Bobby was a 21 year old from South Carolina. The third born of fifteen children. His father was a tobacco farmer and his mother a homemaker. Bobby looked over Samson like kin, as if they were brothers. They both had skin the color of light mahogany; their smiles displayed genuine, child-like joy; their hair coiled and textured. Their words were their most prized possession, the only thing they had besides each other. Where Samson lacked confidence, Bobby concealed with charm. They were young Black men living in The Black Belt South. Above all odds, they somehow would conjure-up ideas for adventure. Although they never referred to their schemes as dreams, they had enough gusto to know much more life was beyond the South.
“Ah’s can’t do it man, Ah’s jus’ can’t do it!” Bobby shouted
“What’s you reckonin’ on ‘bout now?” replied Samson, once again confused by Bobby’s random outburst.
“Ah’s can’t be no sharecropper like my daddy. Ah mean, Lawd knows ah’s grateful dat he’s don’ all dat work. But dats only ‘cause that’s all he ever known. My daddy don’t know hows to read nor write, momma reads a lil and dats how ah’s learn. Ya’ ever question what’s men we’s be if we go?” Bobby questioned.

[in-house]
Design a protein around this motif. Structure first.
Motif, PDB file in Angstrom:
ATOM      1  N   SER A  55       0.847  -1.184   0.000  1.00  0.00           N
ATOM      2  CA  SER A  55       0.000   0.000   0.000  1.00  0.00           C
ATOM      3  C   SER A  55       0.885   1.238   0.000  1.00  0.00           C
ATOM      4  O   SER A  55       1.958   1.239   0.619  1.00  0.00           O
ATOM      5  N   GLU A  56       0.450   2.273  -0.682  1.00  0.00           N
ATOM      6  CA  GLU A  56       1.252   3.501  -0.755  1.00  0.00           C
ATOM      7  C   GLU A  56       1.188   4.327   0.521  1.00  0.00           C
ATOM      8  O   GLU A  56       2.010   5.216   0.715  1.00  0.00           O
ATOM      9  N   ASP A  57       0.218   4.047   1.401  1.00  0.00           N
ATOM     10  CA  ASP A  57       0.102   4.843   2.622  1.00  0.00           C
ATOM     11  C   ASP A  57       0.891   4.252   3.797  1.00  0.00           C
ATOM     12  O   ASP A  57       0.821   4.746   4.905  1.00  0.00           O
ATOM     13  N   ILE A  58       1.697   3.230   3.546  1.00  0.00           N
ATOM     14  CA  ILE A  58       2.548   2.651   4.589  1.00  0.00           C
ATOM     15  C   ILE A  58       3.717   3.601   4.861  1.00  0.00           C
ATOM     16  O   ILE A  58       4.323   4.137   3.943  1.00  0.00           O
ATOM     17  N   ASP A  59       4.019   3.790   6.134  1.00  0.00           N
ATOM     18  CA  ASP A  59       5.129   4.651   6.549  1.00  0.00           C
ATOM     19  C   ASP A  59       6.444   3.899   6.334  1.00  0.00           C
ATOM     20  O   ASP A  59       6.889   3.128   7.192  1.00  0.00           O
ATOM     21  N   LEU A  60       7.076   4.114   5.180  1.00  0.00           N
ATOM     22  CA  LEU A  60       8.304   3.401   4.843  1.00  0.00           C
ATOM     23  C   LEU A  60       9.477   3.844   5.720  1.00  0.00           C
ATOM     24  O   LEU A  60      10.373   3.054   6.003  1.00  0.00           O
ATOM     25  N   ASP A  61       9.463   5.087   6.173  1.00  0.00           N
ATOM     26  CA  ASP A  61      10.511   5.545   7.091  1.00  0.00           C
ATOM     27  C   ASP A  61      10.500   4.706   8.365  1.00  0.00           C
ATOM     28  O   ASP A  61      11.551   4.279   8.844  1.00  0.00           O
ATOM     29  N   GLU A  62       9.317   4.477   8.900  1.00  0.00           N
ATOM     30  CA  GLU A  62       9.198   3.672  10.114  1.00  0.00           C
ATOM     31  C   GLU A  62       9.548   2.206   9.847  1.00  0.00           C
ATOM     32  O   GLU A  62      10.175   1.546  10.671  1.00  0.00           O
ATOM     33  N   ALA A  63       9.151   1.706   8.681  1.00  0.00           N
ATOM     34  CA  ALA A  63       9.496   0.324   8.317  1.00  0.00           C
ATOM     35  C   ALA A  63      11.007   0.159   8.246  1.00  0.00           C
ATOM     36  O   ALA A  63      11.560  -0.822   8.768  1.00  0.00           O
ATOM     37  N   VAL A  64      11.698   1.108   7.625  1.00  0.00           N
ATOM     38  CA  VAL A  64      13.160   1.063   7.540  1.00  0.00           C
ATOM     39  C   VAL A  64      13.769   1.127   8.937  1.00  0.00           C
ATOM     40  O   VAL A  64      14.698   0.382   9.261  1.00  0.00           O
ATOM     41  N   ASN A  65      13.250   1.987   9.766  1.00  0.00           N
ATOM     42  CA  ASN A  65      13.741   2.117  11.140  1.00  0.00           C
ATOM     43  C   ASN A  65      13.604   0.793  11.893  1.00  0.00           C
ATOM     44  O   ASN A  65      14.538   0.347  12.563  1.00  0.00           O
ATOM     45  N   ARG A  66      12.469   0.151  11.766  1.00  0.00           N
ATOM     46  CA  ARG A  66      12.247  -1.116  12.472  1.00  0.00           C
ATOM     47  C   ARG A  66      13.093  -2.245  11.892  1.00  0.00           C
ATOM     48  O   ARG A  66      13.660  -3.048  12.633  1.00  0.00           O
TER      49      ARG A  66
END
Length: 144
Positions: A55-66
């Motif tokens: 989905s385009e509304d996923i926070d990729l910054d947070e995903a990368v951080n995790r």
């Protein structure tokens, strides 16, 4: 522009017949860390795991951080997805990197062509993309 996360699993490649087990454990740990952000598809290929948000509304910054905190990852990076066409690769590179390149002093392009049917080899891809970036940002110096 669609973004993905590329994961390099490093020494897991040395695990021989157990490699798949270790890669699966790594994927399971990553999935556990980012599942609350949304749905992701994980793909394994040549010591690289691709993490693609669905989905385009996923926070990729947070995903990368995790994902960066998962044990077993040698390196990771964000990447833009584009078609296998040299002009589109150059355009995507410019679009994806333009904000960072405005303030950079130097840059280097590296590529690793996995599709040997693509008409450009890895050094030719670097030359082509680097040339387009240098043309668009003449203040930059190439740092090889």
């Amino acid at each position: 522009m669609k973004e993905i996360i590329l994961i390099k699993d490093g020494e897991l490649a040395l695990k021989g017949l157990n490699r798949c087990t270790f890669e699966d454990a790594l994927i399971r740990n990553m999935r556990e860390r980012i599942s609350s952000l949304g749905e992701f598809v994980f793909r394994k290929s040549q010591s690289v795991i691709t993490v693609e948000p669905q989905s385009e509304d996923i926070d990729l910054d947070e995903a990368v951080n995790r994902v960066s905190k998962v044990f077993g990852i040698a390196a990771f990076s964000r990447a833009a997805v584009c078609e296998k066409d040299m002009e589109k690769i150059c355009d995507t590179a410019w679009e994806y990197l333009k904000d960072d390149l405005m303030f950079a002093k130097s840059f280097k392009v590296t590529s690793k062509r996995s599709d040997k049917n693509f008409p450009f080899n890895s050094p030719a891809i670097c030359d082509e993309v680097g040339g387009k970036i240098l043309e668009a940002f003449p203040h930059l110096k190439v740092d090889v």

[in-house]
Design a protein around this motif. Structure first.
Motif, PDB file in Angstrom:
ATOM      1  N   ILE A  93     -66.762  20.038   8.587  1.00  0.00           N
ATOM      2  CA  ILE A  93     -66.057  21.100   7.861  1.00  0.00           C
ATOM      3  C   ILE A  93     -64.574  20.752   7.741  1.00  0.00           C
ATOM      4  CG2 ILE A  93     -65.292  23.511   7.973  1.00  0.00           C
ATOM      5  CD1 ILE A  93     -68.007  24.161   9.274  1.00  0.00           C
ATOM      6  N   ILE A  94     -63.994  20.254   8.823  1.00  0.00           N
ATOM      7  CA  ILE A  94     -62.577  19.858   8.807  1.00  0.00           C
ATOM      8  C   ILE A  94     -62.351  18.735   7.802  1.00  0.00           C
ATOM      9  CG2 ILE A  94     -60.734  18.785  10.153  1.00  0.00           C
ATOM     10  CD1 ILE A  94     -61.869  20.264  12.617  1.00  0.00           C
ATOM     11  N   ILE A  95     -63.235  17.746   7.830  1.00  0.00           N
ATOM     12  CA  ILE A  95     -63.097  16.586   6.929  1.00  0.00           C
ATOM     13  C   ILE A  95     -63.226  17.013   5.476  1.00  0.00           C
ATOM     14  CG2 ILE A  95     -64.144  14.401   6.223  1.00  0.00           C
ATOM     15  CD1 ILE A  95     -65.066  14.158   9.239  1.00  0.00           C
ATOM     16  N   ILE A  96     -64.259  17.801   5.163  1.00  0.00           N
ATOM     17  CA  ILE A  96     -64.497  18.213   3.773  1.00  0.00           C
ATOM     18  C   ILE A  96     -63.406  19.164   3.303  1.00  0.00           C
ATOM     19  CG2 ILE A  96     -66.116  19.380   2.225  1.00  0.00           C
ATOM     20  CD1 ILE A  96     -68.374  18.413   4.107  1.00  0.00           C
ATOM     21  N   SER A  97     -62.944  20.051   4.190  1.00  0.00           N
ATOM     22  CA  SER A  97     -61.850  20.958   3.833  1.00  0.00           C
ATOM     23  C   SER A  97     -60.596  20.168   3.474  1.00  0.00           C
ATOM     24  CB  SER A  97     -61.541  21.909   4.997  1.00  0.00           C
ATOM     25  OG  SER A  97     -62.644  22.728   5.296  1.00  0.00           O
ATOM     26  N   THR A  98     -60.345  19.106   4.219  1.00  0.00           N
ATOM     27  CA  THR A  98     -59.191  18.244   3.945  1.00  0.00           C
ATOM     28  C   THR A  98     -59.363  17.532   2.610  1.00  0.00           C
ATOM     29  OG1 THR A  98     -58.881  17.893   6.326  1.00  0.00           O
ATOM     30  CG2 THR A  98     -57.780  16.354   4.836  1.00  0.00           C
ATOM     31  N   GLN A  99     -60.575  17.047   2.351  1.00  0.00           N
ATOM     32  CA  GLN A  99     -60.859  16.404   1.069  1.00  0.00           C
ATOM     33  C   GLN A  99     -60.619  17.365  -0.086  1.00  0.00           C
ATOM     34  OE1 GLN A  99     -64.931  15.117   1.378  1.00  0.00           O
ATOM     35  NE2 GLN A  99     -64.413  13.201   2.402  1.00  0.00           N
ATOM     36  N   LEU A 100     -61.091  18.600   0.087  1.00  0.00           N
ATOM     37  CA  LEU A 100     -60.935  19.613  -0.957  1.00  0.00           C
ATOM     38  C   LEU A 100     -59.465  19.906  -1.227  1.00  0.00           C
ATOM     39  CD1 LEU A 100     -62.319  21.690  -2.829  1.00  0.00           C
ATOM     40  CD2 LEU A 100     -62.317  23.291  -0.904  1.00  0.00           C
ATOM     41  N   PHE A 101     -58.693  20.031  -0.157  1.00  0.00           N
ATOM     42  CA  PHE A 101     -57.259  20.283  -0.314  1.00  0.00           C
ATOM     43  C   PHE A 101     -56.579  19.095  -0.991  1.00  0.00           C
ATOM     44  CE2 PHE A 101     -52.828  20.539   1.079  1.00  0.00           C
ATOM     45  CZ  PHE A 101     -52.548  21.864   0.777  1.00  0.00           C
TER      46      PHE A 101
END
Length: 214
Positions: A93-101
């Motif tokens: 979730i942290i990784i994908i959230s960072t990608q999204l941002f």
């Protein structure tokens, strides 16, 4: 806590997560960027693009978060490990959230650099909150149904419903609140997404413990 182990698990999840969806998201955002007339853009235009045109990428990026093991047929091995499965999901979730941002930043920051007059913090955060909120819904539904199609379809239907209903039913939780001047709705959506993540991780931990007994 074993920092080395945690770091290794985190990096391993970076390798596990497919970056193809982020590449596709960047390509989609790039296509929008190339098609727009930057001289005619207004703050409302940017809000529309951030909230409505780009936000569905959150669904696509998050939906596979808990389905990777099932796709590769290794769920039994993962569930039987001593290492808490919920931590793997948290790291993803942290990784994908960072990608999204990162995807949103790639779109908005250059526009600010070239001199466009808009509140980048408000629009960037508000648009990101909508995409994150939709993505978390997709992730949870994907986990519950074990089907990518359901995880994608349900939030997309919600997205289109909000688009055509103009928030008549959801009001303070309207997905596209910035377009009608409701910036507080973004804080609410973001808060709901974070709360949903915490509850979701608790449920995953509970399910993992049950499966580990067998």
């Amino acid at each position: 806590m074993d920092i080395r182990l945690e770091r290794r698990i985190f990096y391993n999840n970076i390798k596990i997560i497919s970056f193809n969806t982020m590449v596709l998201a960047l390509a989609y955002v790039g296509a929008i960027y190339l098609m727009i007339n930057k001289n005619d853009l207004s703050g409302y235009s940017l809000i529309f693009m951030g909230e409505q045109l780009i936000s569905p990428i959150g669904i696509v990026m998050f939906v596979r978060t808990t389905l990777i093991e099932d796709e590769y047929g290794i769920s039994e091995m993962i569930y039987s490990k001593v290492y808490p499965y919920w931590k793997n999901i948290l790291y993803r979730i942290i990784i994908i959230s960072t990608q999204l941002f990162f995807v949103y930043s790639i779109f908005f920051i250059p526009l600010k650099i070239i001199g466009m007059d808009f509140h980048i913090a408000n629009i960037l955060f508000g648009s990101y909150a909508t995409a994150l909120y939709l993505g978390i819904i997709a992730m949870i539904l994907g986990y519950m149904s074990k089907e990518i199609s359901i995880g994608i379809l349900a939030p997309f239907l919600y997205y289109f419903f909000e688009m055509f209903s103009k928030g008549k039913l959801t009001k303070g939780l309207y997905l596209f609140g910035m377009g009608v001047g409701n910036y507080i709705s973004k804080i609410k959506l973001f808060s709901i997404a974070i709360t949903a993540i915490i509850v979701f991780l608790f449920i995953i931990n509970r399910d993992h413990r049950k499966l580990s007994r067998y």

“Ah never really thought like dat. Ah’s know how to read ‘cause my mama made me read her Bible, it’s the only thang ah has left from her. My proudest possession.” Samson replied.
“But life beyond here has to be betta’. Jimmy tell that he’s sista’ and brotha’ livin’ up in Chicago. He got a job at a factory, I guess getting stuff together for da’ war” said Bobby.
“Man, wat if we jus’ walk da railroad? Like hopped on da’ train and went. You ain’t got no lady, neither do ah” Samson wondered.
“Aye, we ain’t got no money man!” Bobby replied, throwing his hat on the floor.
“Okay, okay!” Samson picks up Bobby’s hat picking up his speed to catch up with him.
“We don’t have to pay. We can jus’ hop on, hide in da hay barrel and go where the train take us.” Samson had conjured on this idea for months now. He knew nothing was really out there in Tennessee. More than not, Black men like him were hanging from trees. He thought that once he got settled, he could send for Aunt Mae and Minney. Samson felt this strong, undeniable feeling that if he didn’t leave the South now he would never make it out alive. So the two Black young men wrote their families, walked, hopped on the next cargo train that passed their way, and dreamed of better days.